Last week I appeared on a live RT UK news bulletin talking about NOTA and was asked back six days later to record a full interview for one of their flagship shows Going Underground, due to be broadcast next week. This was aided somewhat by the fact that in the same week, thanks to our lobbying, the select committee looking into ‘voter engagement’ explicitly stated in its report that due to public demand and the potential positive impact of having it, the next government should hold a public consultation on NOTA’s inclusion on the ballot paper.

Clearly, this signifies that our campaign is working and that we are at a crucial moment. The last thing the campaign needs right now is people jockeying for position and causing problems within the established front of the wider NOTA movement. So in a way, I’m grateful that you did what you did when you did, rather than further down the line at a potentially more damaging time.

I wish you no ill Emma. But your attempts to take the moral high ground on this issue serve only to underline why it is no longer possible for you and I to work together.

Thank you for your help over the last couple of years. Good luck in all your future endeavours, your clear political ambitions included.

Yours sincerely,
Jamie Stanley

NOTA campaign gets massive boost from parliamentary select committee!

On 05/02/15, the parliamentary Political & Constitutional Reform Committee (PCRC) published its report into ‘voter engagement’ in which it recommends a whole slew of genuinely quite radical (by UK standards!) electoral reforms to be implemented during the next parliament. The full report can be downloaded here.

Here’s what they had to say about NOTA, as a result of NOTA UK’s lobbying and public engagement with the committee:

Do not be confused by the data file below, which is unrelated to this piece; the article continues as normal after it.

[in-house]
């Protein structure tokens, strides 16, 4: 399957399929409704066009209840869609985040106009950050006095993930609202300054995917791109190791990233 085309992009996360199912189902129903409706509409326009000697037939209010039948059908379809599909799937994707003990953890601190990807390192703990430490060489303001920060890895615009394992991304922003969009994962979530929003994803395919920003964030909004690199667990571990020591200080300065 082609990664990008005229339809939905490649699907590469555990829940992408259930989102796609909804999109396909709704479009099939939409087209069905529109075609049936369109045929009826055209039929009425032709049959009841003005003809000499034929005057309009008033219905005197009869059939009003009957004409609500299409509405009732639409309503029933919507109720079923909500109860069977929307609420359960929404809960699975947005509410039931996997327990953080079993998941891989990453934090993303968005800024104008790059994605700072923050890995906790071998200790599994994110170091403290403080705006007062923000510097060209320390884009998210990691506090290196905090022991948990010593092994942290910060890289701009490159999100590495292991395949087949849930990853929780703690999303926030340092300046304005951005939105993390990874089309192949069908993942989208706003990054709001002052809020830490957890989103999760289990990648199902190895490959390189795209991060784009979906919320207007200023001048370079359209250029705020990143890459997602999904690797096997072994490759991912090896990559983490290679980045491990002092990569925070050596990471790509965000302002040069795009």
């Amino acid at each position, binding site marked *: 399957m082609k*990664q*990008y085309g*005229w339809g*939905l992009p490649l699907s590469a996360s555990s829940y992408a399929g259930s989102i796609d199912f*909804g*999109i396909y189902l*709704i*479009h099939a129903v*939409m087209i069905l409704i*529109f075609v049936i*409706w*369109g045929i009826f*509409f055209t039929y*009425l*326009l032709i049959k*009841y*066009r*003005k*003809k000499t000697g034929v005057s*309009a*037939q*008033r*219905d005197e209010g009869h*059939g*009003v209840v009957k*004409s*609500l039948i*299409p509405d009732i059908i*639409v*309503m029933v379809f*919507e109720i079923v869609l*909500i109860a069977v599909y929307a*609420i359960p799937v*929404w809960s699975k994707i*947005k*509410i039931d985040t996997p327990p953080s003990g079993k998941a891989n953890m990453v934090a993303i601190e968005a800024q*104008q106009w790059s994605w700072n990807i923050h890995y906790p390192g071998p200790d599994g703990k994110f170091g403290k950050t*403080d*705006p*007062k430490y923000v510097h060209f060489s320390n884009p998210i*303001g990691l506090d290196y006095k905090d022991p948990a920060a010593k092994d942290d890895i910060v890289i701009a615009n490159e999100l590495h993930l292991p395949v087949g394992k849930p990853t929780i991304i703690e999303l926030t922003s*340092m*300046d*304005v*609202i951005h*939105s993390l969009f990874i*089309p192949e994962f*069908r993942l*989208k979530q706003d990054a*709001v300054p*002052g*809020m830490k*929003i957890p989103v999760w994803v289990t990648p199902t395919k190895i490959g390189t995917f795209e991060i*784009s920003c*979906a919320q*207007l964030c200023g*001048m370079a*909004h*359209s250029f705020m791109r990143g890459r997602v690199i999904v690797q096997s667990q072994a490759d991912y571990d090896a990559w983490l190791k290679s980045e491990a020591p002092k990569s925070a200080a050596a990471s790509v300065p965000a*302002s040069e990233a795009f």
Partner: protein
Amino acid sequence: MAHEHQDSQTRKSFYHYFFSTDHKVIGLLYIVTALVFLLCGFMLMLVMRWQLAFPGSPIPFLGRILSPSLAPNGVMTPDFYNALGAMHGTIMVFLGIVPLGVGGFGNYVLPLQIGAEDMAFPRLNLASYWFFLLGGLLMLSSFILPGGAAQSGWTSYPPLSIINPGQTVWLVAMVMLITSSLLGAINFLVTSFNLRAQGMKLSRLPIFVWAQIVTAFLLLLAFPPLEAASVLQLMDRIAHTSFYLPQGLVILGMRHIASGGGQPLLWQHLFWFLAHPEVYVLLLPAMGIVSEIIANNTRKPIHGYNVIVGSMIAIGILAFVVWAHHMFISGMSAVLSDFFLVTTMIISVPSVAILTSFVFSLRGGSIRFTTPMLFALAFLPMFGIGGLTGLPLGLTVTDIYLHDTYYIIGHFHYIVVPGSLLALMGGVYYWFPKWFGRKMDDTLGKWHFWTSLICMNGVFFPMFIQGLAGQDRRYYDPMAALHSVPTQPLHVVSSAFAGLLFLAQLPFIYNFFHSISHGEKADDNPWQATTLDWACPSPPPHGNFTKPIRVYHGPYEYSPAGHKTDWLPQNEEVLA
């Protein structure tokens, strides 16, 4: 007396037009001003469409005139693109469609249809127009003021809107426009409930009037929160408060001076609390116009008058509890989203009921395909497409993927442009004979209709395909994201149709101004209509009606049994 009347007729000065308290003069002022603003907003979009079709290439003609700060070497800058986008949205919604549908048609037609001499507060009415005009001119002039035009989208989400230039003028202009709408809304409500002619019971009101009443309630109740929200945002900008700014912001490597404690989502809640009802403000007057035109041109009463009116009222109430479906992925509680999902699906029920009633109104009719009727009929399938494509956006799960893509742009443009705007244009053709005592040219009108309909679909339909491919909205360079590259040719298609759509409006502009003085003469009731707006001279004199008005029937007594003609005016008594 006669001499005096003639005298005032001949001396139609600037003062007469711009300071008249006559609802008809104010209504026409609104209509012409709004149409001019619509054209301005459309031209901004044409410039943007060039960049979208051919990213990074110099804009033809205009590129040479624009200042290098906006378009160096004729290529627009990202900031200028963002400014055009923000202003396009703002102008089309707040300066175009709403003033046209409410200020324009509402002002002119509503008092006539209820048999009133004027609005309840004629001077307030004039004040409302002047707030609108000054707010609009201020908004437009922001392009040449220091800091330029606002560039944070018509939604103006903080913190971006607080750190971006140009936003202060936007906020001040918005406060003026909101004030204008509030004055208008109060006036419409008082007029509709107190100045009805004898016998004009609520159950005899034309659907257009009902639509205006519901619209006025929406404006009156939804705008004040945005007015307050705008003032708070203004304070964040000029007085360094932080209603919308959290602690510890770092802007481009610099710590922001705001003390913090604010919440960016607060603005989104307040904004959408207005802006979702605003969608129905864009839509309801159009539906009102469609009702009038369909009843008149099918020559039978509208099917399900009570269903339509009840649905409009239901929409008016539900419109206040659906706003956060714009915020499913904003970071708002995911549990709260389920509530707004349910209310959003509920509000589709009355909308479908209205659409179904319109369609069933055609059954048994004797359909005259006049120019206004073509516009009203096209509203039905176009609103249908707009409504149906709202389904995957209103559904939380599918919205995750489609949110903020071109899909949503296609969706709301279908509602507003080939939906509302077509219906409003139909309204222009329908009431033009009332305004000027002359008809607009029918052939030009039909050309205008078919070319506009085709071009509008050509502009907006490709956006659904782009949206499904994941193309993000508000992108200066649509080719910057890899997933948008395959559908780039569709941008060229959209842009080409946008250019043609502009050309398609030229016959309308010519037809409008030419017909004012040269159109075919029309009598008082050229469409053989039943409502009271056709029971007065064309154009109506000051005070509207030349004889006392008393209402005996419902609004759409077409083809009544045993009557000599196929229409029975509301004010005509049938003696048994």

“Having the option to vote for “none of the above” on the ballot paper is the proposal which has had the largest support among those who have given their views to the surveys we have drawn upon. This change would enable people to participate at elections even if they did not wish to vote for any of the candidates presented. If large numbers of people did choose to cast their vote in this way it would serve as a wakeup call for candidates and parties that they needed to do more to gain the support of the electorate. We recommend that the Government consult on including, on ballot papers for national elections, an option for voters who wish to participate but not vote for any of the candidates presented, and report to the House on this proposal by May 2016.”

This really is a huge leap forward for us. Although the committee has stopped short of including NOTA as one of its recommended immediate reforms, it has explicitly stated that it believes that the demand for NOTA and the potential positive effects on voter engagement of having it means that the next government must hold a public consultation on the issue.

Although this is slightly less than we could have hoped for, it is still a huge achievement when you consider that a year ago the mere mention of NOTA in the corridors of power was likely to be met with derision and a cold shoulder.

The PCRC survey mentioned above, in which we were able to get them to publish a question about inclusion of NOTA as a reform in and of itself regardless of whether voting is made compulsory or not, is very telling. This question got the second most responses (15,840), beaten only by the question about compulsory voting (16,095).

A whopping 71.8% of respondents to our question voted ‘yes’ to NOTA.

I think it’s fair to say we have now successfully put NOTA on the map, a key aim of this campaign from the beginning five years ago. There’s a long way to go of course. But no-one can say we aren’t getting the arguments heard and moving in the right direction.

A massive thank you to everyone who took part in the consultation and to all our facebook, twitter, youtube and website followers for your continued support in our efforts to make UK democracy fit for purpose.

Onwards & Upwards!
Jamie Stanley

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Democracy Audit: Why NOTA is the Ground Zero of Electoral Reform

On the 8th January 2015, NOTA UK member Rohin Vadera had an article published on the website Democracy Audit making the case for NOTA.

Two weeks later, Richard Berry, Research Associate for the Democracy Audit website and the London School of Economics Public Policy Group, responded with an article rebutting NOTA and citing three other reforms he deemed more important.

Here NOTA UK founder Jamie Stanley responds to Berry’s article:

“Why NOTA is the Ground Zero of Electoral Reform”